Close games par for the course for Hurdle's Bucs

Close games par for the course for Hurdle's Bucs

ATLANTA -- The Pirates' September to remember has been built in close quarters. The month's first 20 games have included only six games decided by more than three runs (the Bucs won all six), and manager Clint Hurdle sees a relationship between that and his team's 14-6 September record entering Tuesday's game against the Braves.

Simply, his Pirates have spent all four seasons under Hurdle's stewardship in the pressure cooker. The games seem more significant now because of postseason implications, but they have always been tight.

"They've gained a layer of experience playing meaningful close games," Hurdle said. "In four years, the number of games decided by two runs or less is wonderfully crazy."

From Hurdle's first game to No. 642 on Monday night, his Pirates had played 340 games, or 53 percent of them all, decided by one run (211) or two (129).

Worth noting
• The organization has dismissed Altoona manager Carlos Garcia because "we felt we wanted a different voice in the Double-A clubhouse," Pirates general manager Neal Huntington said.

Garcia managed Class A Advanced Bradenton for two seasons, and he spent the last two piloting the Curve.

"Every year we evaluate our staff, and made the challenging decision to go in a different direction. Carlos is a talented guy and a good man, and we appreciate what he has done," said Huntington, adding that Altoona's record of 61-81 had "nothing to do with it."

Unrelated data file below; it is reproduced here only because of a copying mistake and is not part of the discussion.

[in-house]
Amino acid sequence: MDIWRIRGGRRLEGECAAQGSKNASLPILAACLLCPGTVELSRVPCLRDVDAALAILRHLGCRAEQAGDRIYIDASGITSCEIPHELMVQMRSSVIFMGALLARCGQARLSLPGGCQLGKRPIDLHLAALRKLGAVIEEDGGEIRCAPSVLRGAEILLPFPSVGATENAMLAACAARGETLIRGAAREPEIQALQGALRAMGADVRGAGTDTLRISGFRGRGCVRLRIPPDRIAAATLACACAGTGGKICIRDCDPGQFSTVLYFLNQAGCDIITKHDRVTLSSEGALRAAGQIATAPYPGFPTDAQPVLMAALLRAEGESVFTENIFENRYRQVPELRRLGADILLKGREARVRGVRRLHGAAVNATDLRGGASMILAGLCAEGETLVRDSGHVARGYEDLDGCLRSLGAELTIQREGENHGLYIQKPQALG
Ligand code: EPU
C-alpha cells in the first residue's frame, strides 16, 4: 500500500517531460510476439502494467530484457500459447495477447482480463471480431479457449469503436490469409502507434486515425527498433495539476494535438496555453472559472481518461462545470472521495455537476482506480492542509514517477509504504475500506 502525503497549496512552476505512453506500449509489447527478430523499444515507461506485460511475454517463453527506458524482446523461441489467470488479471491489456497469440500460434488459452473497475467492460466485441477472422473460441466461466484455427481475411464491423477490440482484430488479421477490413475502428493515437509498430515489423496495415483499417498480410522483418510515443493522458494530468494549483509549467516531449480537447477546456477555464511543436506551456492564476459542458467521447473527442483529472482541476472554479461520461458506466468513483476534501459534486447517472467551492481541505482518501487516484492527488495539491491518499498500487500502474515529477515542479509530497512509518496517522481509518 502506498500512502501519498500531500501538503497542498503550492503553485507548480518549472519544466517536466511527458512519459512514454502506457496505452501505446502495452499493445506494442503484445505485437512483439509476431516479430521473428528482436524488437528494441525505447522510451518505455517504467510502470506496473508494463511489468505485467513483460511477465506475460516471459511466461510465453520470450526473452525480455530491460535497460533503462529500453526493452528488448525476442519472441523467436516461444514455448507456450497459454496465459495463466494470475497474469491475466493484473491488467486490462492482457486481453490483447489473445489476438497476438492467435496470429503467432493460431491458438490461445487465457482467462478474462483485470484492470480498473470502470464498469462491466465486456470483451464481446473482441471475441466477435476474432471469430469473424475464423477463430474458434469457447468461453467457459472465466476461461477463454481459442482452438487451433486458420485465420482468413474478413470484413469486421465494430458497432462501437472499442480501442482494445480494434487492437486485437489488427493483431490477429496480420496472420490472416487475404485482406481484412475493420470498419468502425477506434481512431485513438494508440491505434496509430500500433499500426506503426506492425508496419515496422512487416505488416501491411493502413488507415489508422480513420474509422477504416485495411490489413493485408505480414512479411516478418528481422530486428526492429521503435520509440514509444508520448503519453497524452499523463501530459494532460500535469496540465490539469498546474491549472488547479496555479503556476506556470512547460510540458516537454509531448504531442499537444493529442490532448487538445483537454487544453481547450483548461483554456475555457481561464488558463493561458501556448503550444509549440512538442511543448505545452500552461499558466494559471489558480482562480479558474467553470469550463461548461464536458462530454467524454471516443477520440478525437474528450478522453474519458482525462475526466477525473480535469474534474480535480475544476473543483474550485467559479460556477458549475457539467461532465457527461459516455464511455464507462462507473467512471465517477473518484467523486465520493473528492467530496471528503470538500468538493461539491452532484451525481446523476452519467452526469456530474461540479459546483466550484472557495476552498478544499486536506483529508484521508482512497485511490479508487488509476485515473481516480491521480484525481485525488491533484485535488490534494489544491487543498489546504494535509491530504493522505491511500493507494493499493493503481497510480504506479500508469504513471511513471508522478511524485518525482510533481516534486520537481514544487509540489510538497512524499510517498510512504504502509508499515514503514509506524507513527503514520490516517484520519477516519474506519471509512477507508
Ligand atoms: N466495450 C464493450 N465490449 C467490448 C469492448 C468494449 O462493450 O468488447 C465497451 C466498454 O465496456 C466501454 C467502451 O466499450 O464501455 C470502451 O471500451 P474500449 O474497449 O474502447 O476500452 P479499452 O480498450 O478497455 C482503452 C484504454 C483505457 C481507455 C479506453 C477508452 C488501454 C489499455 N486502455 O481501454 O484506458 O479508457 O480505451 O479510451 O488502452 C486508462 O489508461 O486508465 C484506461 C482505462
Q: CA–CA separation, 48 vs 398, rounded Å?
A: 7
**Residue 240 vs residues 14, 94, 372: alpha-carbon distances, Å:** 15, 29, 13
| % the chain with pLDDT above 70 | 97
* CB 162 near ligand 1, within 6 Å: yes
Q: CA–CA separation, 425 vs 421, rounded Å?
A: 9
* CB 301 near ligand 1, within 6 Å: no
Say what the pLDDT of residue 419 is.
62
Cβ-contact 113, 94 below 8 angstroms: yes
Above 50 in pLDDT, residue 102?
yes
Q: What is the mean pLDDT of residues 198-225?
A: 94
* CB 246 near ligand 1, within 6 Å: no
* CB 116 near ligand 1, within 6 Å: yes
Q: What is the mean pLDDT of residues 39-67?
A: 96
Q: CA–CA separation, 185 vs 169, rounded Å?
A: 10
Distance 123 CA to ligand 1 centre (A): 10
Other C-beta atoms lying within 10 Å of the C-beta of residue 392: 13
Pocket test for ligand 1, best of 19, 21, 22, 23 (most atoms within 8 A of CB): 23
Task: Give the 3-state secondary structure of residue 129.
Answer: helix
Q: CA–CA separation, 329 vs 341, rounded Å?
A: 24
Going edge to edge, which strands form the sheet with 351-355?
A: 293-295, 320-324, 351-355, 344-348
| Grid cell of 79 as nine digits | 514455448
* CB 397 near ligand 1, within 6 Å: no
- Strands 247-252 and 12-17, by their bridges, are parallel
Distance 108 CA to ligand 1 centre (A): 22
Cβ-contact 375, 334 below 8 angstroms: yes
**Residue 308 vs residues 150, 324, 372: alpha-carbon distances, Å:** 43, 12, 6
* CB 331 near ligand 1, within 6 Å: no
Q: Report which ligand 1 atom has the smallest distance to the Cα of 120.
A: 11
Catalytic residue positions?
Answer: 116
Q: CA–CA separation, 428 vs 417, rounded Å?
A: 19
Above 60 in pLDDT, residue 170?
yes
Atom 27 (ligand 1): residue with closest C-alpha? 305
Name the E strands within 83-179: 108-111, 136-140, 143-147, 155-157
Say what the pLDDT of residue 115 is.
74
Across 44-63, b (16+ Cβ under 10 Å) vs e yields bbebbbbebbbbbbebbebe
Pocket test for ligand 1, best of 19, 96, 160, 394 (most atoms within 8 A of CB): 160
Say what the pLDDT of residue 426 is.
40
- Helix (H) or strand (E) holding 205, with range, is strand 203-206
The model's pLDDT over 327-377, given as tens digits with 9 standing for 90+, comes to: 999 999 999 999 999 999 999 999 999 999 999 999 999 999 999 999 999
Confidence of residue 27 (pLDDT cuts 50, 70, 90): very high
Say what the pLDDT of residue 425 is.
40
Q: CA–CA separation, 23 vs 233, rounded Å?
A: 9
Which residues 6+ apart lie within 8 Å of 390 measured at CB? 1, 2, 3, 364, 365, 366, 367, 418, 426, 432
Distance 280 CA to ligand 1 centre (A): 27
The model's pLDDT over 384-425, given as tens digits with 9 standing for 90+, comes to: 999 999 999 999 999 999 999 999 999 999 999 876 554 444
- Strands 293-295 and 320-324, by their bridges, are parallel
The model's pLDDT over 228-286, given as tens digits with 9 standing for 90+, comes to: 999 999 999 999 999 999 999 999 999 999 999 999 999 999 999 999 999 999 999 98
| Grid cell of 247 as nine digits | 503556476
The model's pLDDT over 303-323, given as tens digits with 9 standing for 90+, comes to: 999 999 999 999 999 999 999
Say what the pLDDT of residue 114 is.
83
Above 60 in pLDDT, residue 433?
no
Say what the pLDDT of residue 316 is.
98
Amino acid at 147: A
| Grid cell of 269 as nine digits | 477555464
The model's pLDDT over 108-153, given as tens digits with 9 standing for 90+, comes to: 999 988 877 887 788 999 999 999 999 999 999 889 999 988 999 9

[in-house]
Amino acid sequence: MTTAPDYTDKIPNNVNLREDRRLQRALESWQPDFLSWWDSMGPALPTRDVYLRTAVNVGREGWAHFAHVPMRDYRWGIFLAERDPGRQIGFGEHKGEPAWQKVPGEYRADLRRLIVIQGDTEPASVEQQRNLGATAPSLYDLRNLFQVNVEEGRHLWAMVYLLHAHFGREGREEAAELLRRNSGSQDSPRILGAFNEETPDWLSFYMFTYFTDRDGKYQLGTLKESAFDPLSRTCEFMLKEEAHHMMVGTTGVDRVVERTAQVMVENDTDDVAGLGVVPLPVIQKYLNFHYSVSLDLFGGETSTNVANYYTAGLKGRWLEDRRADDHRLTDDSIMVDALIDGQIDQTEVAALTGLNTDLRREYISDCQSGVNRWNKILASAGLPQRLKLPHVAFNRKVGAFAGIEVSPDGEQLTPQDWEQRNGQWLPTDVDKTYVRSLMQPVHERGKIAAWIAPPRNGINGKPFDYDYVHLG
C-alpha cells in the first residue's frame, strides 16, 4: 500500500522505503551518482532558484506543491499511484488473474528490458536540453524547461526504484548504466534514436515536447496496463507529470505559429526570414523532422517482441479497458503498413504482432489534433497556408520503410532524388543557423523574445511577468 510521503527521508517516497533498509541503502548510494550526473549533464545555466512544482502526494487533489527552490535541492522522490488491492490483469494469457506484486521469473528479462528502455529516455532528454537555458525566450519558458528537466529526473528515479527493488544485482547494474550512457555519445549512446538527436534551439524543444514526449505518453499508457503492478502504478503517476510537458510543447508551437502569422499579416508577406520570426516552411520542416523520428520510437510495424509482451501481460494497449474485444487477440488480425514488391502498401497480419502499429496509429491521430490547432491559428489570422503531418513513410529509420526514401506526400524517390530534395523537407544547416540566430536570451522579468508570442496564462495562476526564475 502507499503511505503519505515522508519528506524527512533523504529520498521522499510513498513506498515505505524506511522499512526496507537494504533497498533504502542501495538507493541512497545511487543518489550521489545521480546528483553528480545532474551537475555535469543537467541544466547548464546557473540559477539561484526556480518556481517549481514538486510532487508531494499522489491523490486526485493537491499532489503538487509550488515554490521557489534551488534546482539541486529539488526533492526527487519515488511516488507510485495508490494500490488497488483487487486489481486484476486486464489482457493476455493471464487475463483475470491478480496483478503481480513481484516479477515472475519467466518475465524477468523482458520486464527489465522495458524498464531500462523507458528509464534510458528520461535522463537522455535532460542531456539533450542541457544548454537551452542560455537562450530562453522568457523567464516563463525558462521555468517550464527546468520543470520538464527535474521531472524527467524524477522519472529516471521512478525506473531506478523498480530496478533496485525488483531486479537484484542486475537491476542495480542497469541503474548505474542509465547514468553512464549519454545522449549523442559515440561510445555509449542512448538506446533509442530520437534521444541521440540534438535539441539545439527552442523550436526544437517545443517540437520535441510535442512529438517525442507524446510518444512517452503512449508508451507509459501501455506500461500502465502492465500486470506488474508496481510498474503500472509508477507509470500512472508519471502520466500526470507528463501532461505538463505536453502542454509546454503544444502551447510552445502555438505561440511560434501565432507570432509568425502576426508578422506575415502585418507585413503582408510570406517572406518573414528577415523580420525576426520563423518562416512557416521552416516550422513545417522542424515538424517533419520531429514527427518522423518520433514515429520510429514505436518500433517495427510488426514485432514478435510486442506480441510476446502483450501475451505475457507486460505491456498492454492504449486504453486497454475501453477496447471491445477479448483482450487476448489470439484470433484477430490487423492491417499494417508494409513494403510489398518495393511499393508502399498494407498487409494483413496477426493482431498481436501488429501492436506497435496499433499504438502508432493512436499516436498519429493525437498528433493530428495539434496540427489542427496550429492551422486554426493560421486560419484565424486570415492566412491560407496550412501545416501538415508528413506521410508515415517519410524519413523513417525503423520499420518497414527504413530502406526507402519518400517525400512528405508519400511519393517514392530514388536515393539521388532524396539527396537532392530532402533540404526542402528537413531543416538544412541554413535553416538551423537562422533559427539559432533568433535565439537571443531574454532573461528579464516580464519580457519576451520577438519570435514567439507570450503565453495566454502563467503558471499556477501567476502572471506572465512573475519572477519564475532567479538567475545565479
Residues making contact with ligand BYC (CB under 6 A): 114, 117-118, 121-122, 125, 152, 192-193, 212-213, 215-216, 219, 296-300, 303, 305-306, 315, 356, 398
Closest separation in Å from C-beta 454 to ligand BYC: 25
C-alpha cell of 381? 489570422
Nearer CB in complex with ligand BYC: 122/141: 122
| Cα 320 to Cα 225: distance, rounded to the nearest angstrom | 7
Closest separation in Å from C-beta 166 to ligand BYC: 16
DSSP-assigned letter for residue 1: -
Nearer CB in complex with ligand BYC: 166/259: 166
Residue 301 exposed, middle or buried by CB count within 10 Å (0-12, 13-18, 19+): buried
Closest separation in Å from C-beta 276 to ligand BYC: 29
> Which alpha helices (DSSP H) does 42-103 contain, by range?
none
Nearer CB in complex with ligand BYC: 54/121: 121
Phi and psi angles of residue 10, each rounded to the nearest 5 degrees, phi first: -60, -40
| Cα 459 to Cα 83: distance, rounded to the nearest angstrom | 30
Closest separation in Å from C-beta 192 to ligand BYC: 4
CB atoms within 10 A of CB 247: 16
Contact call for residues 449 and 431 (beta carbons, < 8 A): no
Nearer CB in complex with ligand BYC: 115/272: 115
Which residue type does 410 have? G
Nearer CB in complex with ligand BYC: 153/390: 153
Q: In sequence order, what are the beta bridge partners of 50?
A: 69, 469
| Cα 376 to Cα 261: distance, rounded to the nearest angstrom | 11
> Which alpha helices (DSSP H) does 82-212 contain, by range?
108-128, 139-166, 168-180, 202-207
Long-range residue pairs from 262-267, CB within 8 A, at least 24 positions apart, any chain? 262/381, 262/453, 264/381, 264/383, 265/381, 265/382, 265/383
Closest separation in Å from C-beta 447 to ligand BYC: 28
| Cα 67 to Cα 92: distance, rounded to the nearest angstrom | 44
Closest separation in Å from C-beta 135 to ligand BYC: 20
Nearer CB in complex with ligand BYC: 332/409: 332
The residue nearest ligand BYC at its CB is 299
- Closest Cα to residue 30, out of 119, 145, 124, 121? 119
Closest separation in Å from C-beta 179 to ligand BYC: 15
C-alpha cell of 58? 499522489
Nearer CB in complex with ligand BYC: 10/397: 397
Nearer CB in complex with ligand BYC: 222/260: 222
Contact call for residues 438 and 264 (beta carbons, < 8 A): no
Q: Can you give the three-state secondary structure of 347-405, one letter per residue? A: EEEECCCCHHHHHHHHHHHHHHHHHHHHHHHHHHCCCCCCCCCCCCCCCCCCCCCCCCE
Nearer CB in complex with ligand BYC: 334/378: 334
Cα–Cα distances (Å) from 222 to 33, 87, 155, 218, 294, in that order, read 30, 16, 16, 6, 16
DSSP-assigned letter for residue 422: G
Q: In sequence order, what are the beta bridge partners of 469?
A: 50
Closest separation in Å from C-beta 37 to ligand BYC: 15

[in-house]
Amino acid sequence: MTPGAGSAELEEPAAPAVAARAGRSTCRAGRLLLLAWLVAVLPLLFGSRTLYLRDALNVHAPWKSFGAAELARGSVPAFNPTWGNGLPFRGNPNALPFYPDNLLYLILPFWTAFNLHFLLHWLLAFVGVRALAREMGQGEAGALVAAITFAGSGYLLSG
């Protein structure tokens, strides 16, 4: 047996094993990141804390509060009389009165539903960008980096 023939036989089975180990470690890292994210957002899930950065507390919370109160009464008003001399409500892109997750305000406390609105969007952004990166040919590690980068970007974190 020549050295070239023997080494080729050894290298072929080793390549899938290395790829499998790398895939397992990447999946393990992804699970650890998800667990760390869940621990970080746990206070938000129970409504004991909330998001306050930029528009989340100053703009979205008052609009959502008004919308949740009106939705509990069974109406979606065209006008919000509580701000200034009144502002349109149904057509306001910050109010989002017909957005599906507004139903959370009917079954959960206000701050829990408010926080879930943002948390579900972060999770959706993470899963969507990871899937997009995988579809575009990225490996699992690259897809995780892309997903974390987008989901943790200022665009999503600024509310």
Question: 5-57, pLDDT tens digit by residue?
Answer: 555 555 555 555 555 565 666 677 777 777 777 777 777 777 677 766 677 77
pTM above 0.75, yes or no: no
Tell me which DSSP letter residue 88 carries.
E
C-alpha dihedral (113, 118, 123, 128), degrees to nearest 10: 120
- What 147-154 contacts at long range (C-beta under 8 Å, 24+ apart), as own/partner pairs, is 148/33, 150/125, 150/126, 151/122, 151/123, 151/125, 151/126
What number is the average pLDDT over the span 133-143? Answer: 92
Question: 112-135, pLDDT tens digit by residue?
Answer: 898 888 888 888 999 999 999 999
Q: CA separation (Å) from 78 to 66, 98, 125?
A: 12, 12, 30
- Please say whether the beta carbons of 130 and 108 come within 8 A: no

Stolmy Pimentel, who has not gotten any real game action since coming off the disabled list on Sept. 1, pitched a simulated game Tuesday.

• The wins on Sunday over the Brewers and on Monday over the Braves were the Pirates' first consecutive 1-0 victories since they swept the Cardinals by those scores in a doubleheader on the final day of the 1976 season in Three Rivers Stadium.

• Slight correction on the historical perspective of the Pirates' three consecutive 1-0 games, through Monday: The 1960 Phillies did have the same experience but were not the last "live-ball era" MLB team, as originally reported: The 1971 Brewers and 1967 Kansas City A's also went through it.

Tom Singer is a reporter for and writes an MLBlog Change for a Nickel. He can also be found on Twitter @Tom_Singer. This story was not subject to the approval of Major League Baseball or its clubs.